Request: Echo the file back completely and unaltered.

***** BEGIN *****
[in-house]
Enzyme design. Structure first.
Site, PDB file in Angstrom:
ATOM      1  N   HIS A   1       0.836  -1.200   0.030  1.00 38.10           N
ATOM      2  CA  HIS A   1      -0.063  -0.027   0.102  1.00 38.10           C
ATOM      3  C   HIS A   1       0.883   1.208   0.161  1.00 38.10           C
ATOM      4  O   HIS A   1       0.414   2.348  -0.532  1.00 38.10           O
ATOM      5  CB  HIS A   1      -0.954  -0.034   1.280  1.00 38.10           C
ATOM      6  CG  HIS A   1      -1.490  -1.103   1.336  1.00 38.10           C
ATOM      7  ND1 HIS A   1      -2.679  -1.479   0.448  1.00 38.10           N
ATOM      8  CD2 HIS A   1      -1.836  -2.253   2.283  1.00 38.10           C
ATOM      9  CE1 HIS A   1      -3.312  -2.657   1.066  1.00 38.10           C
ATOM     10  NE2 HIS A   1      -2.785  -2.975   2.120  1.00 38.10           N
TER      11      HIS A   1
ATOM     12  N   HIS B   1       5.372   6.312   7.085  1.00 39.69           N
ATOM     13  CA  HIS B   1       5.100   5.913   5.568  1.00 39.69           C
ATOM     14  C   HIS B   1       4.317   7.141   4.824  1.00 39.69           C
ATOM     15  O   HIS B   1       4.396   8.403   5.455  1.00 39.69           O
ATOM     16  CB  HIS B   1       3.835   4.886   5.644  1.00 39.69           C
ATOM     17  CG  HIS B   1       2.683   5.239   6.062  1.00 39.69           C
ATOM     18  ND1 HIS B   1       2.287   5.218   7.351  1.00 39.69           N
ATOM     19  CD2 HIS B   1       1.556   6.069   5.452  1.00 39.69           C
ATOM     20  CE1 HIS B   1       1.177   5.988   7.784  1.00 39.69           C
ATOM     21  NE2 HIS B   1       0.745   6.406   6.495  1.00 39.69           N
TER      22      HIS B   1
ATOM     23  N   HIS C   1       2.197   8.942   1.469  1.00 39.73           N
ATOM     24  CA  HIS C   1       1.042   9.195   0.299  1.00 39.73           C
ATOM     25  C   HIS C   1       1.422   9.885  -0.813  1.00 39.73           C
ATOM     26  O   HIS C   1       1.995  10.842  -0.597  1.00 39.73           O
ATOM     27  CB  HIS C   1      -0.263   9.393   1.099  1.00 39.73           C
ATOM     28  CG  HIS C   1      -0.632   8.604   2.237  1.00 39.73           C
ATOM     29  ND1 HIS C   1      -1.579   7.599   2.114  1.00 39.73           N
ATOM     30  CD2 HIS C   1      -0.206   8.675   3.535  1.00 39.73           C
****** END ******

[in-house]
Enzyme design. Structure first.
Site, PDB file in Angstrom:
ATOM      1  N   HIS A   1       0.836  -1.200   0.030  1.00 38.10           N
ATOM      2  CA  HIS A   1      -0.063  -0.027   0.102  1.00 38.10           C
ATOM      3  C   HIS A   1       0.883   1.208   0.161  1.00 38.10           C
ATOM      4  O   HIS A   1       0.414   2.348  -0.532  1.00 38.10           O
ATOM      5  CB  HIS A   1      -0.954  -0.034   1.280  1.00 38.10           C
ATOM      6  CG  HIS A   1      -1.490  -1.103   1.336  1.00 38.10           C
ATOM      7  ND1 HIS A   1      -2.679  -1.479   0.448  1.00 38.10           N
ATOM      8  CD2 HIS A   1      -1.836  -2.253   2.283  1.00 38.10           C
ATOM      9  CE1 HIS A   1      -3.312  -2.657   1.066  1.00 38.10           C
ATOM     10  NE2 HIS A   1      -2.785  -2.975   2.120  1.00 38.10           N
TER      11      HIS A   1
ATOM     12  N   HIS B   1       5.372   6.312   7.085  1.00 39.69           N
ATOM     13  CA  HIS B   1       5.100   5.913   5.568  1.00 39.69           C
ATOM     14  C   HIS B   1       4.317   7.141   4.824  1.00 39.69           C
ATOM     15  O   HIS B   1       4.396   8.403   5.455  1.00 39.69           O
ATOM     16  CB  HIS B   1       3.835   4.886   5.644  1.00 39.69           C
ATOM     17  CG  HIS B   1       2.683   5.239   6.062  1.00 39.69           C
ATOM     18  ND1 HIS B   1       2.287   5.218   7.351  1.00 39.69           N
ATOM     19  CD2 HIS B   1       1.556   6.069   5.452  1.00 39.69           C
ATOM     20  CE1 HIS B   1       1.177   5.988   7.784  1.00 39.69           C
ATOM     21  NE2 HIS B   1       0.745   6.406   6.495  1.00 39.69           N
TER      22      HIS B   1
ATOM     23  N   HIS C   1       2.197   8.942   1.469  1.00 39.73           N
ATOM     24  CA  HIS C   1       1.042   9.195   0.299  1.00 39.73           C
ATOM     25  C   HIS C   1       1.422   9.885  -0.813  1.00 39.73           C
ATOM     26  O   HIS C   1       1.995  10.842  -0.597  1.00 39.73           O
ATOM     27  CB  HIS C   1      -0.263   9.393   1.099  1.00 39.73           C
ATOM     28  CG  HIS C   1      -0.632   8.604   2.237  1.00 39.73           C
ATOM     29  ND1 HIS C   1      -1.579   7.599   2.114  1.00 39.73           N
ATOM     30  CD2 HIS C   1      -0.206   8.675   3.535  1.00 39.73           C